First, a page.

If you don’t already have the Ring app you can download it free from Google Play or the App Store, and follow the prompts to set up an account.
It’s worth pointing out you can also view the feed from a Windows 10 PC or Mac by logging in via the Ring website.
Turn on the camera by pressing the button on top of the Floodlight Cam, then let the software guide you through the configuration process, which includes asking you to connect it to your Wi-Fi network, name the camera, and confirm its location.
The camera will then update its firmware, which can take a few minutes, but is then ready to go.
Using the mobile app you can independently set up motion zones for the lights and the camera, which can run at all times or just certain times such as overnight.
You can also schedule the lights to automatically turn on between certain times, or not to turn on at all during the day, and if you will be going in and out you can snooze motion detection for a predetermined amount of time.
The 110dB siren gives a warning like a car alarm, and must be manually activated from within the app.
Setting the motion zones for the lights works exactly the same as for the video doorbells, allowing you to adjust sensitivity on a sliding scale. But for the cameras you can draw onscreen exactly where you want it to pick up motion, which makes it possible to prevent you getting a notification every time someone passes by or a neighbour pulls on to their drive.
Ring Floodlight Cam in use
In our testing with the Ring Floodlight Cam it worked flawlessly, picking up any motion on our driveway and instantly notifying us via our mobile phone. We didn’t find many rogue motion alerts, but if you do it’s easy to tone down the sensitivity.
The floodlights are incredibly bright, and the audio siren is super-loud at 110dB. Perhaps more importantly, when the Floodlight Cam does pick up motion its recording of the event is crystal clear with a 1080p video feed. If anyone is caught getting up to no good then you’ll get a good look at their face, even at night.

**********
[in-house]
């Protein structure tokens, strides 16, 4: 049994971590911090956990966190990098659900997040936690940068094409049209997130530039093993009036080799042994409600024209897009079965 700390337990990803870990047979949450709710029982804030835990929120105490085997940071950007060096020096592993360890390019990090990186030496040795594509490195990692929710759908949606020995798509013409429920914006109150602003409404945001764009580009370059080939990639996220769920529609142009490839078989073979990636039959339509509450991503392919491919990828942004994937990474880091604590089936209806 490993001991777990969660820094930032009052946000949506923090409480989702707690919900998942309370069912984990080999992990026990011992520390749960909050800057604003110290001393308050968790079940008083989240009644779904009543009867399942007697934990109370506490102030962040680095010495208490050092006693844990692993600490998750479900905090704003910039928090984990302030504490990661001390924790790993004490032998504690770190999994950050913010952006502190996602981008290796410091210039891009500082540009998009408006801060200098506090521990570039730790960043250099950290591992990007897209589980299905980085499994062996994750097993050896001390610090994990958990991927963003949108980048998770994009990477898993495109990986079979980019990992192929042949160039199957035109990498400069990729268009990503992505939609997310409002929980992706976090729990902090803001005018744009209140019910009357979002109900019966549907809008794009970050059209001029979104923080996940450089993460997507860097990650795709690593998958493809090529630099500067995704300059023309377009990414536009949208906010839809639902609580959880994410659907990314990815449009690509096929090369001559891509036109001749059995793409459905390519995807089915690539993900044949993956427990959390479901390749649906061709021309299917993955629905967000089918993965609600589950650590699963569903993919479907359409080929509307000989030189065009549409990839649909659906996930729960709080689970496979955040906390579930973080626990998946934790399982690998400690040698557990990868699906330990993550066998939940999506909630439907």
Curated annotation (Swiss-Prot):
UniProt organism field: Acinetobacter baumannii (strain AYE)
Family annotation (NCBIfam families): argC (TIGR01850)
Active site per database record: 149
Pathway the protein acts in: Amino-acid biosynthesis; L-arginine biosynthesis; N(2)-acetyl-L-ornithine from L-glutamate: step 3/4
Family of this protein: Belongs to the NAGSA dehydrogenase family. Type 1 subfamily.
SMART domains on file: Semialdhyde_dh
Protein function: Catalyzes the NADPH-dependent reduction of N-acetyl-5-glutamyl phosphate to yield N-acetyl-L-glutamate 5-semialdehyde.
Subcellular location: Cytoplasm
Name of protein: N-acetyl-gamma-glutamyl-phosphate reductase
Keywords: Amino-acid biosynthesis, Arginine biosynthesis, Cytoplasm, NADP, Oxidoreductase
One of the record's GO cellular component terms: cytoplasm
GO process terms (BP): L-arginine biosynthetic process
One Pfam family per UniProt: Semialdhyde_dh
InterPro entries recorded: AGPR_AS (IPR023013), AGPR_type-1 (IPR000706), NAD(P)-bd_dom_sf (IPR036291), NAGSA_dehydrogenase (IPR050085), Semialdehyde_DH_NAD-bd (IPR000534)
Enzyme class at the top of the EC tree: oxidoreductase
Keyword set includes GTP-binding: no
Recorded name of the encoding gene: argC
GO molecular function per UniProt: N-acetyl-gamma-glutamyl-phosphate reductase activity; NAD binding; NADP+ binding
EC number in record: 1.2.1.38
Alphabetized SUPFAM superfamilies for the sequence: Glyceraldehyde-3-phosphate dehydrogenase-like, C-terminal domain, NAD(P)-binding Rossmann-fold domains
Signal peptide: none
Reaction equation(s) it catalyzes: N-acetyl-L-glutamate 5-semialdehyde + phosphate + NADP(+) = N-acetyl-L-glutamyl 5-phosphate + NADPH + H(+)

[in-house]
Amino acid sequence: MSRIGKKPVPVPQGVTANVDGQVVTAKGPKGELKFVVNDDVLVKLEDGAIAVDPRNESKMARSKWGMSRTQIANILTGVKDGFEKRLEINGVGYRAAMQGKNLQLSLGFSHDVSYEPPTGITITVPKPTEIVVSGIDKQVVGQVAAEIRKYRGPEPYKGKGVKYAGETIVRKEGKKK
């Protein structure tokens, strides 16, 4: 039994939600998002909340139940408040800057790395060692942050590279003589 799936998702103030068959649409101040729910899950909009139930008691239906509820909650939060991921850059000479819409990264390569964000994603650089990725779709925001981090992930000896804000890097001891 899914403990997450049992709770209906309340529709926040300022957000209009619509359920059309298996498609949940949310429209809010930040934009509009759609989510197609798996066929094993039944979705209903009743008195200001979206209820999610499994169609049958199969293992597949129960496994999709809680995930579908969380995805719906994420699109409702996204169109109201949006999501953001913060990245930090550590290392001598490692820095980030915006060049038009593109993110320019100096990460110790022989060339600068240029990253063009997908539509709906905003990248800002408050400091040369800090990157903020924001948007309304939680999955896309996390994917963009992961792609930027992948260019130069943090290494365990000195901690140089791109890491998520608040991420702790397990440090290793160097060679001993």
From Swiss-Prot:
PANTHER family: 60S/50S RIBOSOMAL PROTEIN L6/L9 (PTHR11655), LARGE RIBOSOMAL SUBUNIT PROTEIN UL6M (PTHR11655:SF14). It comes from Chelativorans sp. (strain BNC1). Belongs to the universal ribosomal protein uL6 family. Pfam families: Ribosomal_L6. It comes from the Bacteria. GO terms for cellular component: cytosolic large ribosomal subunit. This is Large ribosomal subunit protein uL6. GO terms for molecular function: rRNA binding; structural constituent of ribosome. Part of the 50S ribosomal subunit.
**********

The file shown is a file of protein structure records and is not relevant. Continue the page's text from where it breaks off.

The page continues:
The two-way audio works well, given a strong internet connection. Over a mobile network you might find a small amount of lag, but it’s workable.
You can angle the camera to get the best picture. It has a 270-degree field of view, but the mount is also adjustable with a 140-degree field of view. If necessary you can pinch to zoom in, either within Live View mode or the recorded video itself.
Recorded videos can be downloaded to your device or shared via Facebook, or in an email or text message. You can also directly upload them to
Nextdoor.co.uk if you have an account – this is a private social network for your local neighbourhood. If none of these options suit you can also get a link to the video on Ring’s servers that you share via other means.
One potential drawback of these recordings is they are not constant, as they are with other home-security systems. That makes it simpler to find, download and share just the portion of the stream you need, but if action is happening just outside the motion zone it may not pick up all the incriminating footage you’d like.
Related articles for further reading
Ring Floodlight Cam: Specs
- Hardwired floodlight camera (100-240V)
- 2.4GHz 802.11b/g/n Wi-Fi connection, minimum upload 1Mbps, 2Mbps recommended
- two-way audio with noise cancellation
- 1080p HD Video
- Live View
- Night Vision
- Custom Motion Zones
- 270-degree field of view
- 2x 3000° Kelvin floodlights
- 110dB remote-activated siren
- adjustable camera mount with 140° field of view
- smart zoom with panning
- 4.75in diameter mounting base
- 1 year parts warranty
- lifetime purchase protection
- weather resistant
- -28°C-50°C operating temperature